Thursday, March 22, 2018

Putin May Soon Make ‘Veterans of Hybrid Wars’ New Symbol of Russia’s Future, Shtepa Says

Paul Goble

            Staunton, March 22 – With the passing of the World War II generation, few of whom now remain, Vladimir Putin appears ready to make “veterans of hybrid wars” a new symbol of the idea that Russia today is “a besieged fortress” and that it must restore the lost empire not as a communist project but as a nationalist one, according to Vadim Shtepa.

            Shtepa, a Russian regionalist living in Estonia who edits the After Empire portal, says that possibility reflects both the use of “warrior internationalists” at the end of Soviet times who did their “international” duty in Afghanistan and elsewhere and the rise of hybrid forces since 1991 (

                In addition to the deployment of “official Russian ‘peacekeepers’” in conflicts on the post-Soviet space, the regionalist says, Moscow has made use of “entirely new unofficial Russian units which have called themselves ‘volunteers,’ ‘Cossacks,’ or otherwise,” Shtepa says. And such groups have a very different ideology.

            “As a rule,” he continues, “in place of communist ideology, they profess Russian nationalism and ‘Orthodox values.’ Formally these units aren’t subordinate to Russian force structures, but in fact, there have been unofficial mercenaries which allow involving in military operations defense and interior ministry retirees who haven’t found a place in ‘civilian life.’”

            The neo-Cossacks who have appeared in recent decades are part of this, and they are particularly valuable from the Kremlin’s point of view because they represent a movement that has arisen from below rather than one that it all too obviously created from above, thus allowing Moscow to present them as an expression of the Russian popular will.

            In the case of the Chechens, Moscow has overseen the transformation of those who fought against Russia in the 1990s into warriors of the empire of a kind that recalls the Savage Division of the late imperial period whose soldiers defended the imperial state rather than advanced the interests of their own nations, Shtepa says.

            In the course of Russia’s annexation of Crimea and its occupation of portions of the Donbass, the regionalist expert says, “the Kremlin has demonstrated a characteristic technology of its aggressive actions: they are carried out not by cadres of the Russia army but by anonymous ‘little green men’ without identification,” allow the Kremlin to say “’they aren’t there.’”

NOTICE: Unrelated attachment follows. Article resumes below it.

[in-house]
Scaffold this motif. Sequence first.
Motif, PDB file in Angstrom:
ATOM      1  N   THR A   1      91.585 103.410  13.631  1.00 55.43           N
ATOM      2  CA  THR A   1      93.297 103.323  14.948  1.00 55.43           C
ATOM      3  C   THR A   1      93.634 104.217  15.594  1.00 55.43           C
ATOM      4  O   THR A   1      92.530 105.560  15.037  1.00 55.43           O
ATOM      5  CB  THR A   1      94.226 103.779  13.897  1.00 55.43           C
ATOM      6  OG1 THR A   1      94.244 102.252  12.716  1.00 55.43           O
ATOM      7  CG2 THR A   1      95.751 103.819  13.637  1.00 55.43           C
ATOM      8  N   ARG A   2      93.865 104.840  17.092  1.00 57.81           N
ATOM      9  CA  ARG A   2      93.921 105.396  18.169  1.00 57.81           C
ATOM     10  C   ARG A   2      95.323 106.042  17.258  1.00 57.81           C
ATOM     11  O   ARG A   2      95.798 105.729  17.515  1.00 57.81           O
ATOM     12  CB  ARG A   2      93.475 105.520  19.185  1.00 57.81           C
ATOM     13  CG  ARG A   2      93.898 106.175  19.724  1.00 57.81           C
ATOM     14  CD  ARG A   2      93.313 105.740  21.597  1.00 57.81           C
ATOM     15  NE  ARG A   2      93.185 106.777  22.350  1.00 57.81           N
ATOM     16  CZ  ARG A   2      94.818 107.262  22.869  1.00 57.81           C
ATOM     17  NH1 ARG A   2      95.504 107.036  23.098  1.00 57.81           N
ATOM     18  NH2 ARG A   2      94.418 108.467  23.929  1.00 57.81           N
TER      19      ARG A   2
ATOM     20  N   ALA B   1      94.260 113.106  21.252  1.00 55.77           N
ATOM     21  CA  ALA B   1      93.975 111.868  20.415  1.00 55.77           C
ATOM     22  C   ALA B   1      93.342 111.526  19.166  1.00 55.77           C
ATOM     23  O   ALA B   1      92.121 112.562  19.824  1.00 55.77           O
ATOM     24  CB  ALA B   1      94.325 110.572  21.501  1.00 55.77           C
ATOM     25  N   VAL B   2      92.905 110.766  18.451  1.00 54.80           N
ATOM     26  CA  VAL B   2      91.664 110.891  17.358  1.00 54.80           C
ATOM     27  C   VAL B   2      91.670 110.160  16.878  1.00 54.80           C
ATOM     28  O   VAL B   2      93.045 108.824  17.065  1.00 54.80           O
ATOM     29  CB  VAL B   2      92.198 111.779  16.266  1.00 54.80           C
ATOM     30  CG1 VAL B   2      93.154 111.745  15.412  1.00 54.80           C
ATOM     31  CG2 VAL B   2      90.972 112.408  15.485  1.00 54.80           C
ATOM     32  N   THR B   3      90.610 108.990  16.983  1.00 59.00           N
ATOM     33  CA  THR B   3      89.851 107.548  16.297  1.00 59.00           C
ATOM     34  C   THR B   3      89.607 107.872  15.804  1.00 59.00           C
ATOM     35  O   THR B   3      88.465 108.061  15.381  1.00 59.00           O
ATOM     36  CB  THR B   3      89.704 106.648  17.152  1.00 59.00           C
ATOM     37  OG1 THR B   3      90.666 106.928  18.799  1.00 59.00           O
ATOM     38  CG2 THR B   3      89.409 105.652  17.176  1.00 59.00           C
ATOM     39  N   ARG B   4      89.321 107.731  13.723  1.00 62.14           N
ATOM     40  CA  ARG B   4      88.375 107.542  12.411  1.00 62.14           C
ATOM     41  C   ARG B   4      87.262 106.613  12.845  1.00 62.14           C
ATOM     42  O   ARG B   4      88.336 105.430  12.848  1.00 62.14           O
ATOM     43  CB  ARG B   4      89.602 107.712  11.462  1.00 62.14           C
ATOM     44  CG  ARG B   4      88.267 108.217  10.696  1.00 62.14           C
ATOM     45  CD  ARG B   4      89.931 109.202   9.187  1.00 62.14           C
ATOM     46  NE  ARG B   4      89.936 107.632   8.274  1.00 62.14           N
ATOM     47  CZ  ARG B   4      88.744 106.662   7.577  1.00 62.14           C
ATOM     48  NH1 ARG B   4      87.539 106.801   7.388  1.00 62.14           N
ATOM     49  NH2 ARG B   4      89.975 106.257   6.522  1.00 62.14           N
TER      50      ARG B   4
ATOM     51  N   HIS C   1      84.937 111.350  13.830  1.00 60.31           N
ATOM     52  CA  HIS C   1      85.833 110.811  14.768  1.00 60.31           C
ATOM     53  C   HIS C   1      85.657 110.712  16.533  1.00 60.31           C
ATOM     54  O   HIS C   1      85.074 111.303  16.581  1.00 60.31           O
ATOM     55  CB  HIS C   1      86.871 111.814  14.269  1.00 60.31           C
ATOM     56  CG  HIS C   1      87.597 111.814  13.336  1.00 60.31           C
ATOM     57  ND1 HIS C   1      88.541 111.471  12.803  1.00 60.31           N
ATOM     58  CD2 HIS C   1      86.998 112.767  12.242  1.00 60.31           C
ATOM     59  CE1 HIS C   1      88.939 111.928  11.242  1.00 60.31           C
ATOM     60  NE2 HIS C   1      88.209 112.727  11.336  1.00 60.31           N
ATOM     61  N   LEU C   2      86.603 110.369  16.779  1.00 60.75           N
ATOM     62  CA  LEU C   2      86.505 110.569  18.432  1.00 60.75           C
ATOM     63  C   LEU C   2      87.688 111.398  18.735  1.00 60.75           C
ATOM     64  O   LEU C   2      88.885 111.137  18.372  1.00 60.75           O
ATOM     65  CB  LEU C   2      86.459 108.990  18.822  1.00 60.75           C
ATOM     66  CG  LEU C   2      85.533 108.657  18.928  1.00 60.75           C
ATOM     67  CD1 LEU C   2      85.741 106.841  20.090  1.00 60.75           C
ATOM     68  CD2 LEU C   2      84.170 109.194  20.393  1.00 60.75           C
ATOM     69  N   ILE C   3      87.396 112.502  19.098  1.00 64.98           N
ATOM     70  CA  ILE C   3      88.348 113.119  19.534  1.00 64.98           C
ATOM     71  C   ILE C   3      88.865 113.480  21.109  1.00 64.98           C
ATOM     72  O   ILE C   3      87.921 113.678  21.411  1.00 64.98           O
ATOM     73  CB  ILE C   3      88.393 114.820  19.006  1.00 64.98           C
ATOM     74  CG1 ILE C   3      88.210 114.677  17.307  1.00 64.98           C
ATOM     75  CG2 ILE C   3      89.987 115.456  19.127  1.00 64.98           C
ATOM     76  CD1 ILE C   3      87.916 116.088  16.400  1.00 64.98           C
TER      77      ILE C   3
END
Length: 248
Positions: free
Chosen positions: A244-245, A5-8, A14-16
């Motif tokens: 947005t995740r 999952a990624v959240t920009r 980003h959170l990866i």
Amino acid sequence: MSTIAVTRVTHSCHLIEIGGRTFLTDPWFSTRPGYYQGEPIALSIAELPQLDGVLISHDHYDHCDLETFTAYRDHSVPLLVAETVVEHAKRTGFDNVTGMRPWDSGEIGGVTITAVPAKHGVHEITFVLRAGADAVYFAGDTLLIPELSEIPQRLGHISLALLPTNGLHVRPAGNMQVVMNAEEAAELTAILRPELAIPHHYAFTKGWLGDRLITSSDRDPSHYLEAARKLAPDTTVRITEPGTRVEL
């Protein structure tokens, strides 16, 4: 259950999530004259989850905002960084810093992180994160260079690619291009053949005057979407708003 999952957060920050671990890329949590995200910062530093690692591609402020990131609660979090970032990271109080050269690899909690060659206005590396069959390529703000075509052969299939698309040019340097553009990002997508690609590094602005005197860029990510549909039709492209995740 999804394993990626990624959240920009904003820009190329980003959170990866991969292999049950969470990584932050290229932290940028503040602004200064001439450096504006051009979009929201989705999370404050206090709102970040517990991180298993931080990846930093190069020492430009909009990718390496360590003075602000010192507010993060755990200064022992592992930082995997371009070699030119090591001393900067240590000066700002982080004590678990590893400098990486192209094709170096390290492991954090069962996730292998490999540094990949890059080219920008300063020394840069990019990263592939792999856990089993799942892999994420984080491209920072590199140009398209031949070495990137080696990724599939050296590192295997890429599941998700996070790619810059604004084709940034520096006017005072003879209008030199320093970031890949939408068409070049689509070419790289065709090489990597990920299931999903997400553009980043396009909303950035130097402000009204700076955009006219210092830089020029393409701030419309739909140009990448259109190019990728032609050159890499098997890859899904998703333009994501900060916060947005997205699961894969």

All this, he argues, is part of “an imperial revanchism” that seeks to extend the borders of Russia to include the former Soviet space but on the basis of “a different ideology” and “a different technology.” Instead of communism as the basis, Moscow wants this to be about “an imperial consciousness” arising from below “as “‘the will of the people.’”

            “For the support of militarist attitudes, the ideology of ‘a besieged fortress,’ and Russia’s opposition to the West, the Kremlin already for long years has cultivated the theme of victory in World War II, having transformed May 9 into the chief state holiday de facto,” Shtepa argues. But with the passing of its veterans, the Kremlin needs replacements.

            “’Veterans’” of its hybrid wars are the obvious candidates, the regionalist writer suggests, not only because of their age – most are middle aged or younger and thus very much alive – but also because they have already participated as “volunteers” in Putin’s project of restoring a Russian empire.

            According to Shtepa, “any empire, beginning with the Roman, has drawn its militarist legitimacy from a cult of veterans. Therefore, it is probable that in the course of the next Putin term will appear a growing propagandistic ‘heroization’ of participants” of various hybrid formations, with the Kremlin taking credit for their work rather than holding itself apart.